Richard Poulin 7-May-2008 Bye Bye Dear Everything

Personnel :
Christian Haglund / Bass
Klas Bohlin/ Vocal
Joakim Adriansson / Guitar
Sanjin Pejkovic / Lead Guitar
Torbjörn Georgsson / Organ & Piano
Rasso Raissi / Drums

Depressive Art is anything but depressive. ‘Depressive’ refers here to the melancholy that characterizes the musical quest of a group of musicians who wish very hard they had been born 40 years earlier. This is a Swedish group founded in 2003 that includes 6 young men very deeply immersed in the zeitgeist of the ‘60s. And they truly believe in their art which is neither imitative nor derivative. Reading about the band, one realizes that these guys are very much enamored with the spirit, the attitude and the style of the ‘60s. So much that they visited Woodstock, historic record shops in Britain and even remote places in the southwestern American deserts, to immerse themselves and travel back to a ‘60s state of mind. And apparently, they were transmogrified by what seems to be a very profound and very sincere desire to incorporate in their music various elements of what made the second half of the ‘60s so terrific, so exciting and so unique.

It takes a certain time to get used the chameleonic voice of Klas Bohlin, a very peculiar singer who curiously sounds like a Madonna who would be born with a Y chromosome. His ability to vary his pitch, his delivery, his timbre and his amplitude as a function of the type of song is really amazing. Yet his throaty style of singing is not what one would call agreeable at first. And I was at first baffled by the garage style, until I had the opportunity to listen several times to the album. And once you get used to the deliberate confusion and mushiness typical of the garage genre, the songs truly start to get under your skin.

Their first full album (they released several demos before this album), ‘Bye Bye Dear Everything’ is extremely addictive. There is a conviction, an earnestness and a passion in their music that is guaranteed to infiltrate your neurons like tentacular sonic snatchers. And I did listen to their album repeatedly for a whole weekend, mesmerized by the incredible accomplishment of theirs. They have packed 10 tracks full of energetic rock & roll (sometimes with tints of Swedish folk music), ballads and doo-wop that have a charm rarely found in similar efforts to plunge oneself back to a period of history which is foreign to these musicians, after all. Depressive Art manages to deliver tunes that sound sixty-ish without doing actual impressions of ‘60s songs. The balance between the use of typical tricks and mannerisms of that period (for example, standard vocal harmonies a la Beach Boys, infectious guitar riffs a la Keith Richards, rhythmic intros a la Ventures, etc.) and their very own sound is really successful. As a result, ‘Bye Bye Dear Everything’ does not sound like your standard parody of the ‘60s but rather like their highly personal rendition of many of the most famous songs and interprets of their beloved segment of rock history.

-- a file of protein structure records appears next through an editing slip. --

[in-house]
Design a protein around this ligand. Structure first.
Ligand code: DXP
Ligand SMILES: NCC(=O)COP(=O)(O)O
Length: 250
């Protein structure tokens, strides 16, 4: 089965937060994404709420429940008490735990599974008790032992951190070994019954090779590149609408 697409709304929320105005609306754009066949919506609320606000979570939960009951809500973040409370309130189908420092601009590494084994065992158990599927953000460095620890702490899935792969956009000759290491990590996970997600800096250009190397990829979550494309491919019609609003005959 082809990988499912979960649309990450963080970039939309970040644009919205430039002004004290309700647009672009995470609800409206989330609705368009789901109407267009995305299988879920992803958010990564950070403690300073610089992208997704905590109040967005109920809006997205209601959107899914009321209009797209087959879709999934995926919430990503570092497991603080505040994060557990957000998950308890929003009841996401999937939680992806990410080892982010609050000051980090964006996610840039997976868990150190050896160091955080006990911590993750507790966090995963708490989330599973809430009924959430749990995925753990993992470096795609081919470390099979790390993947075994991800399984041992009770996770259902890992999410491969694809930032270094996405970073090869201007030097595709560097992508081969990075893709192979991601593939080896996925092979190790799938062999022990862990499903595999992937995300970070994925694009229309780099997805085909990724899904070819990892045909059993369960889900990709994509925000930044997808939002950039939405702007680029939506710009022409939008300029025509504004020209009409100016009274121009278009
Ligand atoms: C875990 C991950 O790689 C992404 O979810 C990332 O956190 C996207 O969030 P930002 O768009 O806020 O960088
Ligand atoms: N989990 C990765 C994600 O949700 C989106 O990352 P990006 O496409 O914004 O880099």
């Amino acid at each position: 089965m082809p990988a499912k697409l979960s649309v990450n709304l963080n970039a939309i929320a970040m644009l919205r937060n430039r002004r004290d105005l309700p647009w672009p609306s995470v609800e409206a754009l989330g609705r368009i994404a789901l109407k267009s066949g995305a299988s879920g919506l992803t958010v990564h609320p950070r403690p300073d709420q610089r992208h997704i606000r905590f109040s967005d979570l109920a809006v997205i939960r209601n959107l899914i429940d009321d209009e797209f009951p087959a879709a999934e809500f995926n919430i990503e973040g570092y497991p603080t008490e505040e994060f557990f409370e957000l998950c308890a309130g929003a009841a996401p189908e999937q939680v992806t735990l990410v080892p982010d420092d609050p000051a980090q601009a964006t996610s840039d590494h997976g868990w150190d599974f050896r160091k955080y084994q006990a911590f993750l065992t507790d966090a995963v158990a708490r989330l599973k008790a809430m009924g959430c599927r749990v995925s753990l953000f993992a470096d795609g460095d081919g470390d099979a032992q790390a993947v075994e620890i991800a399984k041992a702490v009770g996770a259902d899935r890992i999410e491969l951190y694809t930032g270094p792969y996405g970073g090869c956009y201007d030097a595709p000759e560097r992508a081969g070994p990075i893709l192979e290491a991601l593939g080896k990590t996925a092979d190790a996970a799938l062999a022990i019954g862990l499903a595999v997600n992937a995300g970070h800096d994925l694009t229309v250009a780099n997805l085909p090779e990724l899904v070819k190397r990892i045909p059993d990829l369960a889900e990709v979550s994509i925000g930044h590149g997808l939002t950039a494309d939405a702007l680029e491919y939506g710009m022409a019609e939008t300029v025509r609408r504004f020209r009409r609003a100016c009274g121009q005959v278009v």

This is uncomplicated music but with outstanding melodic qualities and an assurance that manages to entrance the listener. With a bunch of friends, put on ‘Bye Bye...’ and play the game of who will be the first to guess ‘whom are they sounding like?’ Some of the songs are straightforward. Without giving the answers here, you should find out that one song sounds vividly like ‘Helter Skelter’ played by the Doors and fronted by a John Lennon shouting his very best, complete with the finale with the electric guitar crashing and the brutal amp feedback. Just like on the ‘White Album’, I’ll tell you. You will hear their own garag-ed brand of ‘Let’s Spend the Night Together’, and, of course, the easiest one, a song that will take you one picosecond to figure out that Jim Morrison is back and invading Sweden! With chunks of Led Zeppelin and bits of early Floydian expressions, a hefty dose of Doors/Jim Morrison, lots of Rolling Stones, the Byrds, Mamas and the Papas and Beatles, and crooner ballads a la Moody Blues, the pastiched but very personal recipe of Depressive Art works surprisingly well. So try to find the telltale moments where all these illustrious models are heard on the album. This can also be a lot of fun in many ways....

The down side is also what makes it so distinctive: let keep in mind that this is garage rock, and the sound quality is expectedly rough-edged and the instruments are sometimes entangled into an amorphous grainy blob. But these musicians perspire such an emotion, such a sincerity in their tunes that one can hardly remain indifferent to their extraordinary achievement at incorporating iconic segments of the ‘60s style into a sound of their own. And yes, I finally managed to develop much of a taste for Klas’ distinctive vocal technique... The singing is often emotional in the best way, that is, believable. After all, how can one not become moved to tears of sympathy by lyrics (included with the CD) in Swedeglish such as ‘We can TRANSFORMATE us/Yeah we can become, everyone’. This is so cute.... and touching.

They are also very generous, and so certain that you will become Depressive Art fans that you can download their album for free on their official website.

I wish for them that they find the time warp that would allow a well deserved trip back to Psychedelia and Ladyland. I’m now waiting for a garage version of German baroque music in the times of Johann Sebastian Bach.

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